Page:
Civil Rights Purge at Justice?

By: Marc H. Morial
President and Chief Executive

National Urban League

Is there a purge of career attorneys at the U.S. Department of Justice who do not meet a conservative "litmus test" on civil rights enforcement?

Has the department's Civil Rights Division, a cornerstone of the federal government's protection of the advances in civil rights for the past half-century now turned its back on employment discrimination cases involving women and people of color? Has it also decided to turn away from cases involved alleged voting-rights violations?
These are among the urgent questions raised by a front-page news story in Sunday's Washington Post.

The story said that, according to some veteran attorneys who've left the department in the last year and others in the civil rights community, the answer is yes.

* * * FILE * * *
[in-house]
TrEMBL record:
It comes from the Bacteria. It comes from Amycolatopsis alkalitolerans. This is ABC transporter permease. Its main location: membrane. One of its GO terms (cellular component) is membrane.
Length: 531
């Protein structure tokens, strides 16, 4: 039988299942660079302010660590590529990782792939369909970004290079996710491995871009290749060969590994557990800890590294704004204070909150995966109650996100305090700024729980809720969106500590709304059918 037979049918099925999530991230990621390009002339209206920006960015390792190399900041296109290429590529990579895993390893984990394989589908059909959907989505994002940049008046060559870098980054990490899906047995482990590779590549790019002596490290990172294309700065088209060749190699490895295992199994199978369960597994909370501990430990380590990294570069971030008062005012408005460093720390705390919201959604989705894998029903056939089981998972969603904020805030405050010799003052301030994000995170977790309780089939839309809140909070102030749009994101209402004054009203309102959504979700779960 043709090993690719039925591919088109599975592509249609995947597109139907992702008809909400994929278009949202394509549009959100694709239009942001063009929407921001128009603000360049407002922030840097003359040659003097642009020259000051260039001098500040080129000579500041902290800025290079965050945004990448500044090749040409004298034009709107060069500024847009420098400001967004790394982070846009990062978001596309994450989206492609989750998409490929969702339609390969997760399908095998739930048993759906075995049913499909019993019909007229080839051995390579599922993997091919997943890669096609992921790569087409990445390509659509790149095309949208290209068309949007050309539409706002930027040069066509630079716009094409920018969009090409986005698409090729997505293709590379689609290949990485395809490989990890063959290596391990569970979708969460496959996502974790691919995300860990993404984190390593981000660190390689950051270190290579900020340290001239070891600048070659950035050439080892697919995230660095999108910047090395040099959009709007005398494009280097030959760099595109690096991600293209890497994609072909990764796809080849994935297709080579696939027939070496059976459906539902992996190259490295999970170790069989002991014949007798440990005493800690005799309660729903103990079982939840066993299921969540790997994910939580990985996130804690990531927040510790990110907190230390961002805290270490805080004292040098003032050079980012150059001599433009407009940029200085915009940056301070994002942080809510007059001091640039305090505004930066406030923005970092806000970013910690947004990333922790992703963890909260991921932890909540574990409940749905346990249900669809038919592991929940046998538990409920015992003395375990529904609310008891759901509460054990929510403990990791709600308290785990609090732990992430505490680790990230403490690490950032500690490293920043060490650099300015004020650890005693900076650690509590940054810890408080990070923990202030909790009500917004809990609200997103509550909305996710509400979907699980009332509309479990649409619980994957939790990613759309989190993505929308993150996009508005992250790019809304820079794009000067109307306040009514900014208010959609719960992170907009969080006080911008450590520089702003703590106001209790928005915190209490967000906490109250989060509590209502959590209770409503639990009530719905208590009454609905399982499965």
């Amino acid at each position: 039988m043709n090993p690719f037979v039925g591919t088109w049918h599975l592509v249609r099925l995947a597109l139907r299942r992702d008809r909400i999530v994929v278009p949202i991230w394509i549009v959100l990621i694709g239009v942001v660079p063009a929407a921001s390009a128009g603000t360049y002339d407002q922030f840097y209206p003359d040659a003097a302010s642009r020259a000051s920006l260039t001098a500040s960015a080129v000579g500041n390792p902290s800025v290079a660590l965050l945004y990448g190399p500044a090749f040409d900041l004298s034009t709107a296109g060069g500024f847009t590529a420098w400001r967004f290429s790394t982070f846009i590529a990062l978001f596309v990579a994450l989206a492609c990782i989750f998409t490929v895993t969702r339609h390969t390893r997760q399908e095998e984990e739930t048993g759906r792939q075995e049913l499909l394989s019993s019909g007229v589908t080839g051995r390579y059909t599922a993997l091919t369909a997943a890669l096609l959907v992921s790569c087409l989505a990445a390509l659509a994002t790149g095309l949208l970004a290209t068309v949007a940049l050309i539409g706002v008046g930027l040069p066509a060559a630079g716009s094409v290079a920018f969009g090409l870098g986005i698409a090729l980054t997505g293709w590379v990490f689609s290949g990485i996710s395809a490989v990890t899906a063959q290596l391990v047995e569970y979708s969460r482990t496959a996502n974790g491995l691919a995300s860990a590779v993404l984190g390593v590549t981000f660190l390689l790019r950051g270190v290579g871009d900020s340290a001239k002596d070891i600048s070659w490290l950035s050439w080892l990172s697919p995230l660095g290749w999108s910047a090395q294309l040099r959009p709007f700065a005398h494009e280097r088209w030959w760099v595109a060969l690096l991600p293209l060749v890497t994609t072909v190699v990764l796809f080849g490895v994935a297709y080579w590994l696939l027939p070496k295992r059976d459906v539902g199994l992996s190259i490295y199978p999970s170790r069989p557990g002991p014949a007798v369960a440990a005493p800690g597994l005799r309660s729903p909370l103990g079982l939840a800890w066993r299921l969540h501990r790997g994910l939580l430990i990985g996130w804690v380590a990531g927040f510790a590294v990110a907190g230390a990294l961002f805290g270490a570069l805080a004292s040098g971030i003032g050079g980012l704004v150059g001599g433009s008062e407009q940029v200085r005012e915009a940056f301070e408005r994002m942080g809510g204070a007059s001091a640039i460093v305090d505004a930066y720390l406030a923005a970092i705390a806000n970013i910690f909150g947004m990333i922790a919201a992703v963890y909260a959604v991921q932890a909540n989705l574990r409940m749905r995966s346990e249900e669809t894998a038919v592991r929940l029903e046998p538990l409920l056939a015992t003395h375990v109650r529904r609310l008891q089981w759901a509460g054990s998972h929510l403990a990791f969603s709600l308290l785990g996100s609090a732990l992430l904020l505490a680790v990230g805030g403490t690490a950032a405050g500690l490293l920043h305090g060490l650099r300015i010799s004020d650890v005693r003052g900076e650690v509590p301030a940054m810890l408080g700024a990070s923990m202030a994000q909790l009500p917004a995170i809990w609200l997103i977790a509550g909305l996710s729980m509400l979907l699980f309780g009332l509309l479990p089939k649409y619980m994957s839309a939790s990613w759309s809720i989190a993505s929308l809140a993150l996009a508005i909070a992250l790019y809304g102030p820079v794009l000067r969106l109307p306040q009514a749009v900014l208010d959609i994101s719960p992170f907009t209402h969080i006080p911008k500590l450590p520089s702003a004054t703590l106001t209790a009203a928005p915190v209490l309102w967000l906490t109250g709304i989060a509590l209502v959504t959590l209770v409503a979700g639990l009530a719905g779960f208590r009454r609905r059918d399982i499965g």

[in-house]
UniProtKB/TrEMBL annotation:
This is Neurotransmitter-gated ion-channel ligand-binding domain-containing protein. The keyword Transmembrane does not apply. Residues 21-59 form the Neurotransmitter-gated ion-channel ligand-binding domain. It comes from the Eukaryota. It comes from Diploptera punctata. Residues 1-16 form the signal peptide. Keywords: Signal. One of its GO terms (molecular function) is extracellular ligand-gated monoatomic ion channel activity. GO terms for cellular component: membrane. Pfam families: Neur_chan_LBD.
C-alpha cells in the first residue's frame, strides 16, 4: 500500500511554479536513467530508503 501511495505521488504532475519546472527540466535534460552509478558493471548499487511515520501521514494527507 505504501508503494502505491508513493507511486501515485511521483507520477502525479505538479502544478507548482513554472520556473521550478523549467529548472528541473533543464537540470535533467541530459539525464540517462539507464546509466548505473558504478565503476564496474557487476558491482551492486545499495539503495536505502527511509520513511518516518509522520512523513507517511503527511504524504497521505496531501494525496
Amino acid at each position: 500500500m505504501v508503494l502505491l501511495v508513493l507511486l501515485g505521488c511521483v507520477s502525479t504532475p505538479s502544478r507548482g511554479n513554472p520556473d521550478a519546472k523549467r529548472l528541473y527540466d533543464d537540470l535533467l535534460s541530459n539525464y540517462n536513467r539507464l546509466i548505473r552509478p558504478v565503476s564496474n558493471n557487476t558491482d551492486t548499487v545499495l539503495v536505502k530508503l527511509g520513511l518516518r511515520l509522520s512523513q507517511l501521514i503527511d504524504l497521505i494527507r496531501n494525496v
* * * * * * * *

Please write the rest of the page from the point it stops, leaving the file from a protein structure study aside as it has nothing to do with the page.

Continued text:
The news article cited an essay by an attorney who spent 24 years in the division before leaving this year. He asserted that "morale among career attorneys has plummeted, the division's productivity has suffered, and the pace of civil rights enforcement has slowed."

William R. Yeomans' essay, "An Uncivil Division," in the September/October issue of Legal Affairs magazine, painted a dispiriting picture of a corps of career attorneys, many with long years of service handling civil rights cases, shunted aside by the newly-installed political appointees who comprise the division's top decision-making layer.

These political appointees lack "experience in enforcement of the nation's civil rights laws or in managing a large organization," Yeomans claims at one point, but they have forced out "many longtime career leaders of the division and personnel practices have been revamped

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